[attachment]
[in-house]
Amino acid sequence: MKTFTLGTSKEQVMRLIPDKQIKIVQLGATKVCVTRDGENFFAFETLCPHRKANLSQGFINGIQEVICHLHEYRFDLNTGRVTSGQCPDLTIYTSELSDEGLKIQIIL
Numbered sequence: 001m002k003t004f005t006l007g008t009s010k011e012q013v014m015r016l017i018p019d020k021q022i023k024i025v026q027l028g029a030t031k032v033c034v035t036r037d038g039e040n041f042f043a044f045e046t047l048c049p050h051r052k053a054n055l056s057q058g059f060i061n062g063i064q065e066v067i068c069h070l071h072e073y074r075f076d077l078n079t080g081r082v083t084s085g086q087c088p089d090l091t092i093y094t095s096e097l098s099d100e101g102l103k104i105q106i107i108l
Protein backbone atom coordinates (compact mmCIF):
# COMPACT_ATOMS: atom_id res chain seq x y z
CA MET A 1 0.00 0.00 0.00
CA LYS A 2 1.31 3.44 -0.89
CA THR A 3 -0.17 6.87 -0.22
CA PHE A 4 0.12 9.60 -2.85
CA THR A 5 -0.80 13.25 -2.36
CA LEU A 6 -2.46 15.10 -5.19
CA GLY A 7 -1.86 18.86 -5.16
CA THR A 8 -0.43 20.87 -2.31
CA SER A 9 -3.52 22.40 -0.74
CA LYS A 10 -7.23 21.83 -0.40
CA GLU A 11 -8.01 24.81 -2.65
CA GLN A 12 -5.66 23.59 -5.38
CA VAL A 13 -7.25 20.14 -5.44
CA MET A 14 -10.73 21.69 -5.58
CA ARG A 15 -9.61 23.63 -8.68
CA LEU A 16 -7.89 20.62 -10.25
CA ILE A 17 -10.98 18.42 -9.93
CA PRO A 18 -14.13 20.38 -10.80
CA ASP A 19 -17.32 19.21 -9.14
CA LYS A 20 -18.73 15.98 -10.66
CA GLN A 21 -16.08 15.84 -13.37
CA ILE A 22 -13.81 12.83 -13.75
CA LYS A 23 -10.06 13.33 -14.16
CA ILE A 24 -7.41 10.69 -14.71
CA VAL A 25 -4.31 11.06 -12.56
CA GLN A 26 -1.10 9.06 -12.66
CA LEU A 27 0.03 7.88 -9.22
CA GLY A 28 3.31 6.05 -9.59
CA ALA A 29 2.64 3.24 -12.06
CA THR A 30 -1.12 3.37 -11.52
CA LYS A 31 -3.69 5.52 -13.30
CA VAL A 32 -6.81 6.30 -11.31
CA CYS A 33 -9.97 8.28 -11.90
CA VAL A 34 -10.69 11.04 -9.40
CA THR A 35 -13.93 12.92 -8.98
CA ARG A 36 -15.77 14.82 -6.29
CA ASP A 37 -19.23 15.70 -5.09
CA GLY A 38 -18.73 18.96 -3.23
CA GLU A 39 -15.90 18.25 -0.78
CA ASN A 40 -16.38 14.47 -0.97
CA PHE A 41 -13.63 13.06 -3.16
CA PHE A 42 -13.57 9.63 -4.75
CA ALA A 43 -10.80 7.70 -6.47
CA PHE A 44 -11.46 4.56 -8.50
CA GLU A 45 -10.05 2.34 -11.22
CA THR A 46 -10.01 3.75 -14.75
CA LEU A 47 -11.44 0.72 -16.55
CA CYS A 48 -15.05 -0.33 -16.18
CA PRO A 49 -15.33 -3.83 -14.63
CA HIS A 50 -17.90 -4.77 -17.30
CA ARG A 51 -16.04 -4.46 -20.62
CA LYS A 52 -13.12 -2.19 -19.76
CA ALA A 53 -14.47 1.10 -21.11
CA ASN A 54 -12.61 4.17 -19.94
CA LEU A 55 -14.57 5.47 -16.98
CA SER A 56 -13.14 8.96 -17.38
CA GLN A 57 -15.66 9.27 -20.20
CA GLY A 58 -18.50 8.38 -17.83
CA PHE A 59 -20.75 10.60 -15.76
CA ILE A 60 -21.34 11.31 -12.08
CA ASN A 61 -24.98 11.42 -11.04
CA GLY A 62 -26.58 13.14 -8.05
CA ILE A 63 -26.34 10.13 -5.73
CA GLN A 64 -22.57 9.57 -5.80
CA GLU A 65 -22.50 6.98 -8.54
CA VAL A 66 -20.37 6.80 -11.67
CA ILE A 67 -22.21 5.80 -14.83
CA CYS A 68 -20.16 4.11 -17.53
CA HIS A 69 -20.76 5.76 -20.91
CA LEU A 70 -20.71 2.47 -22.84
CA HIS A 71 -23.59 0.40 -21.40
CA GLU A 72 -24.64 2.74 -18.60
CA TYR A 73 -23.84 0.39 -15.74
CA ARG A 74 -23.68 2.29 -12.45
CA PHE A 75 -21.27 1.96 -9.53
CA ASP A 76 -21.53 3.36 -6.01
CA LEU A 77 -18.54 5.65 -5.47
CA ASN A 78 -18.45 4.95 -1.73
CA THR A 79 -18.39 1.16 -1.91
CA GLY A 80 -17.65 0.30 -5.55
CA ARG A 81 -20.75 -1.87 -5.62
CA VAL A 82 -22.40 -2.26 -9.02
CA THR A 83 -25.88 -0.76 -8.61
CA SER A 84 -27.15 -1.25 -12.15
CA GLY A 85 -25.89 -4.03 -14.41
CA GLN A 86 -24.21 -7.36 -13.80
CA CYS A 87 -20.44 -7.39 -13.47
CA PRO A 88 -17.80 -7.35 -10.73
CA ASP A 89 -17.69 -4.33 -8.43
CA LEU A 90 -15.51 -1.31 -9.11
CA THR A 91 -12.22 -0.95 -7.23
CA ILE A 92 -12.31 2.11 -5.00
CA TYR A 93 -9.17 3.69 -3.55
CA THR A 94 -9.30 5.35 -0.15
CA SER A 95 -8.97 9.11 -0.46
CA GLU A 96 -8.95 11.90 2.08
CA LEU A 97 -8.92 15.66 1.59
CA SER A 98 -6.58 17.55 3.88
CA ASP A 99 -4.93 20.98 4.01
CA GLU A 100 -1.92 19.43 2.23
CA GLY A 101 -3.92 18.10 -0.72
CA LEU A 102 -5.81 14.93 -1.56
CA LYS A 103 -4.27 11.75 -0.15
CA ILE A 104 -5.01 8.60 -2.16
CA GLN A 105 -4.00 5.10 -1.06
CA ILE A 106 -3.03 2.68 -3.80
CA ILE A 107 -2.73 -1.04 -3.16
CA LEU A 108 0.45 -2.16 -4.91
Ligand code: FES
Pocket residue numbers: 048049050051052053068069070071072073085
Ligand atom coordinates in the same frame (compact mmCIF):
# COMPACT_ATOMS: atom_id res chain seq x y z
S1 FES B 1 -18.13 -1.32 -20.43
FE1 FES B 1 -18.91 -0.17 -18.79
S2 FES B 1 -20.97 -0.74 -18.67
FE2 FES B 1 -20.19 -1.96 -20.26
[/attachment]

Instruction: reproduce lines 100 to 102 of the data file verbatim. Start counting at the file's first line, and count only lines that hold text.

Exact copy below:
CA SER A 95 -8.97 9.11 -0.46
CA GLU A 96 -8.95 11.90 2.08
CA LEU A 97 -8.92 15.66 1.59